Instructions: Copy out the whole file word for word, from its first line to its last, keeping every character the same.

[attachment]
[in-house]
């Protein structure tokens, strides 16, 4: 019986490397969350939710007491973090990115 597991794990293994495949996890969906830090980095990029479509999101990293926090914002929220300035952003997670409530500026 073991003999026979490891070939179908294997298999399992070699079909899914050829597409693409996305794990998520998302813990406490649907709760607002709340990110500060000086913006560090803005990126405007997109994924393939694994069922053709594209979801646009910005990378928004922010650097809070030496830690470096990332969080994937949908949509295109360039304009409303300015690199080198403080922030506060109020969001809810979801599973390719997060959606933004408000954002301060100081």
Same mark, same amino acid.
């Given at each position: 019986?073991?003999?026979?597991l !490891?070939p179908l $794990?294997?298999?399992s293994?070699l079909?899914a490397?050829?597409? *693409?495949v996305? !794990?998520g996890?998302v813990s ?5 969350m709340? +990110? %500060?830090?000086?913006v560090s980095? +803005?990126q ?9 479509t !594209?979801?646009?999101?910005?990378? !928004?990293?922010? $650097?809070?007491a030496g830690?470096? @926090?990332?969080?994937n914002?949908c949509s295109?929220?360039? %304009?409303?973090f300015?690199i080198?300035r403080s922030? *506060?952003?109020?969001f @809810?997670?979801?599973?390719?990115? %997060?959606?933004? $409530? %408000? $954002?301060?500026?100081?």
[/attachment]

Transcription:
[in-house]
């Protein structure tokens, strides 16, 4: 019986490397969350939710007491973090990115 597991794990293994495949996890969906830090980095990029479509999101990293926090914002929220300035952003997670409530500026 073991003999026979490891070939179908294997298999399992070699079909899914050829597409693409996305794990998520998302813990406490649907709760607002709340990110500060000086913006560090803005990126405007997109994924393939694994069922053709594209979801646009910005990378928004922010650097809070030496830690470096990332969080994937949908949509295109360039304009409303300015690199080198403080922030506060109020969001809810979801599973390719997060959606933004408000954002301060100081």
Same mark, same amino acid.
């Given at each position: 019986?073991?003999?026979?597991l !490891?070939p179908l $794990?294997?298999?399992s293994?070699l079909?899914a490397?050829?597409? *693409?495949v996305? !794990?998520g996890?998302v813990s ?5 969350m709340? +990110? %500060?830090?000086?913006v560090s980095? +803005?990126q ?9 479509t !594209?979801?646009?999101?910005?990378? !928004?990293?922010? $650097?809070?007491a030496g830690?470096? @926090?990332?969080?994937n914002?949908c949509s295109?929220?360039? %304009?409303?973090f300015?690199i080198?300035r403080s922030? *506060?952003?109020?969001f @809810?997670?979801?599973?390719?990115? %997060?959606?933004? $409530? %408000? $954002?301060?500026?100081?």